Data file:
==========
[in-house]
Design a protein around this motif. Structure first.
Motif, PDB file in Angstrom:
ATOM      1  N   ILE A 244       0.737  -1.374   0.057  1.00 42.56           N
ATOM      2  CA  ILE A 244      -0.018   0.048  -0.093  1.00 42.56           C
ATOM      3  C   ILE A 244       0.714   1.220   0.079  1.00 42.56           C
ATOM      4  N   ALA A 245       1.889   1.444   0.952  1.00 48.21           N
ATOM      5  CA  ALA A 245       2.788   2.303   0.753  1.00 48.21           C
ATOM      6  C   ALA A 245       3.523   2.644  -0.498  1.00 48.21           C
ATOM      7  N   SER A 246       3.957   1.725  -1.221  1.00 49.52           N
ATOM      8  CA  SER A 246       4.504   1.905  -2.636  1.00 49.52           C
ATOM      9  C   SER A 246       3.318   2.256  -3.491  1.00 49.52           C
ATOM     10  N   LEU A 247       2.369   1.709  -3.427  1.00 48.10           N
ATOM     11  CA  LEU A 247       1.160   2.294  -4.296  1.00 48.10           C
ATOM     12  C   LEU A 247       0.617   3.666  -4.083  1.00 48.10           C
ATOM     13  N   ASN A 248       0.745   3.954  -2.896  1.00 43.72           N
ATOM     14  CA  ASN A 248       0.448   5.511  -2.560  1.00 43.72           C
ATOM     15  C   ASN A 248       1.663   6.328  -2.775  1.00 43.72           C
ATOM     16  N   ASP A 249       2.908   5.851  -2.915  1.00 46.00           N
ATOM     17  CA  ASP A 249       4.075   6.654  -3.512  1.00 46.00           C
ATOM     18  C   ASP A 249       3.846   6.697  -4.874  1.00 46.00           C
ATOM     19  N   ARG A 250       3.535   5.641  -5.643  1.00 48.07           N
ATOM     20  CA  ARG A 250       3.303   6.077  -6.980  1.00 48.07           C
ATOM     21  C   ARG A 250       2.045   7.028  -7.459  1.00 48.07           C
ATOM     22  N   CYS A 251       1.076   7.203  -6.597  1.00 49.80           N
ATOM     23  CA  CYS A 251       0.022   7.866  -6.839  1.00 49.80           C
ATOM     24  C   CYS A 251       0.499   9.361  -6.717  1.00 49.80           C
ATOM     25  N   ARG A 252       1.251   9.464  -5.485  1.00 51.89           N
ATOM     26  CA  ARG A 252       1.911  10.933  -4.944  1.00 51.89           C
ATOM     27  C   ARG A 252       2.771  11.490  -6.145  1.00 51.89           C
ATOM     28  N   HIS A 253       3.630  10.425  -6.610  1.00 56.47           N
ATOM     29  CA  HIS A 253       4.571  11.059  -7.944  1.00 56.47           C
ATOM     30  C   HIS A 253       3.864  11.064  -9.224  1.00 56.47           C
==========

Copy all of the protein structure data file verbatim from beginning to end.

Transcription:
[in-house]
Design a protein around this motif. Structure first.
Motif, PDB file in Angstrom:
ATOM      1  N   ILE A 244       0.737  -1.374   0.057  1.00 42.56           N
ATOM      2  CA  ILE A 244      -0.018   0.048  -0.093  1.00 42.56           C
ATOM      3  C   ILE A 244       0.714   1.220   0.079  1.00 42.56           C
ATOM      4  N   ALA A 245       1.889   1.444   0.952  1.00 48.21           N
ATOM      5  CA  ALA A 245       2.788   2.303   0.753  1.00 48.21           C
ATOM      6  C   ALA A 245       3.523   2.644  -0.498  1.00 48.21           C
ATOM      7  N   SER A 246       3.957   1.725  -1.221  1.00 49.52           N
ATOM      8  CA  SER A 246       4.504   1.905  -2.636  1.00 49.52           C
ATOM      9  C   SER A 246       3.318   2.256  -3.491  1.00 49.52           C
ATOM     10  N   LEU A 247       2.369   1.709  -3.427  1.00 48.10           N
ATOM     11  CA  LEU A 247       1.160   2.294  -4.296  1.00 48.10           C
ATOM     12  C   LEU A 247       0.617   3.666  -4.083  1.00 48.10           C
ATOM     13  N   ASN A 248       0.745   3.954  -2.896  1.00 43.72           N
ATOM     14  CA  ASN A 248       0.448   5.511  -2.560  1.00 43.72           C
ATOM     15  C   ASN A 248       1.663   6.328  -2.775  1.00 43.72           C
ATOM     16  N   ASP A 249       2.908   5.851  -2.915  1.00 46.00           N
ATOM     17  CA  ASP A 249       4.075   6.654  -3.512  1.00 46.00           C
ATOM     18  C   ASP A 249       3.846   6.697  -4.874  1.00 46.00           C
ATOM     19  N   ARG A 250       3.535   5.641  -5.643  1.00 48.07           N
ATOM     20  CA  ARG A 250       3.303   6.077  -6.980  1.00 48.07           C
ATOM     21  C   ARG A 250       2.045   7.028  -7.459  1.00 48.07           C
ATOM     22  N   CYS A 251       1.076   7.203  -6.597  1.00 49.80           N
ATOM     23  CA  CYS A 251       0.022   7.866  -6.839  1.00 49.80           C
ATOM     24  C   CYS A 251       0.499   9.361  -6.717  1.00 49.80           C
ATOM     25  N   ARG A 252       1.251   9.464  -5.485  1.00 51.89           N
ATOM     26  CA  ARG A 252       1.911  10.933  -4.944  1.00 51.89           C
ATOM     27  C   ARG A 252       2.771  11.490  -6.145  1.00 51.89           C
ATOM     28  N   HIS A 253       3.630  10.425  -6.610  1.00 56.47           N
ATOM     29  CA  HIS A 253       4.571  11.059  -7.944  1.00 56.47           C
ATOM     30  C   HIS A 253       3.864  11.064  -9.224  1.00 56.47           C